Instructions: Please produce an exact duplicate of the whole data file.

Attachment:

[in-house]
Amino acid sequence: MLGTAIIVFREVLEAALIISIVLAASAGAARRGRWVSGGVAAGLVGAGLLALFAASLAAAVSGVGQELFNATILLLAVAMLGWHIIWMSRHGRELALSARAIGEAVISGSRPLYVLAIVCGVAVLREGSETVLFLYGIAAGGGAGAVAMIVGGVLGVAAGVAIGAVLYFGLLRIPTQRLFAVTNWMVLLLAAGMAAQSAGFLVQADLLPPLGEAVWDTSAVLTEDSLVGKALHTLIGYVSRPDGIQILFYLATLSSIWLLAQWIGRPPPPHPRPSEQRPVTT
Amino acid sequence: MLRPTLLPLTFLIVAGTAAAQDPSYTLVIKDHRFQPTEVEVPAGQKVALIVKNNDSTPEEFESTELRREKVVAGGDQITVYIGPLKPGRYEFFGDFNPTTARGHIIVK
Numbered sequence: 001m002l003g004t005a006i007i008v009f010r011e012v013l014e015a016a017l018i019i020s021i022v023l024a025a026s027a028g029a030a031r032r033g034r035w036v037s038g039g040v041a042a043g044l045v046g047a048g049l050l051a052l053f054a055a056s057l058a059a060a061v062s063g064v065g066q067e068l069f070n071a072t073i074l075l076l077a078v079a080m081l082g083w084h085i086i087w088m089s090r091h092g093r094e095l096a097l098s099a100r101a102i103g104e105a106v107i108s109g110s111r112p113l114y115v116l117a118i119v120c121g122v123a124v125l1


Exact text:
[in-house]
Amino acid sequence: MLGTAIIVFREVLEAALIISIVLAASAGAARRGRWVSGGVAAGLVGAGLLALFAASLAAAVSGVGQELFNATILLLAVAMLGWHIIWMSRHGRELALSARAIGEAVISGSRPLYVLAIVCGVAVLREGSETVLFLYGIAAGGGAGAVAMIVGGVLGVAAGVAIGAVLYFGLLRIPTQRLFAVTNWMVLLLAAGMAAQSAGFLVQADLLPPLGEAVWDTSAVLTEDSLVGKALHTLIGYVSRPDGIQILFYLATLSSIWLLAQWIGRPPPPHPRPSEQRPVTT
Amino acid sequence: MLRPTLLPLTFLIVAGTAAAQDPSYTLVIKDHRFQPTEVEVPAGQKVALIVKNNDSTPEEFESTELRREKVVAGGDQITVYIGPLKPGRYEFFGDFNPTTARGHIIVK
Numbered sequence: 001m002l003g004t005a006i007i008v009f010r011e012v013l014e015a016a017l018i019i020s021i022v023l024a025a026s027a028g029a030a031r032r033g034r035w036v037s038g039g040v041a042a043g044l045v046g047a048g049l050l051a052l053f054a055a056s057l058a059a060a061v062s063g064v065g066q067e068l069f070n071a072t073i074l075l076l077a078v079a080m081l082g083w084h085i086i087w088m089s090r091h092g093r094e095l096a097l098s099a100r101a102i103g104e105a106v107i108s109g110s111r112p113l114y115v116l117a118i119v120c121g122v123a124v125l1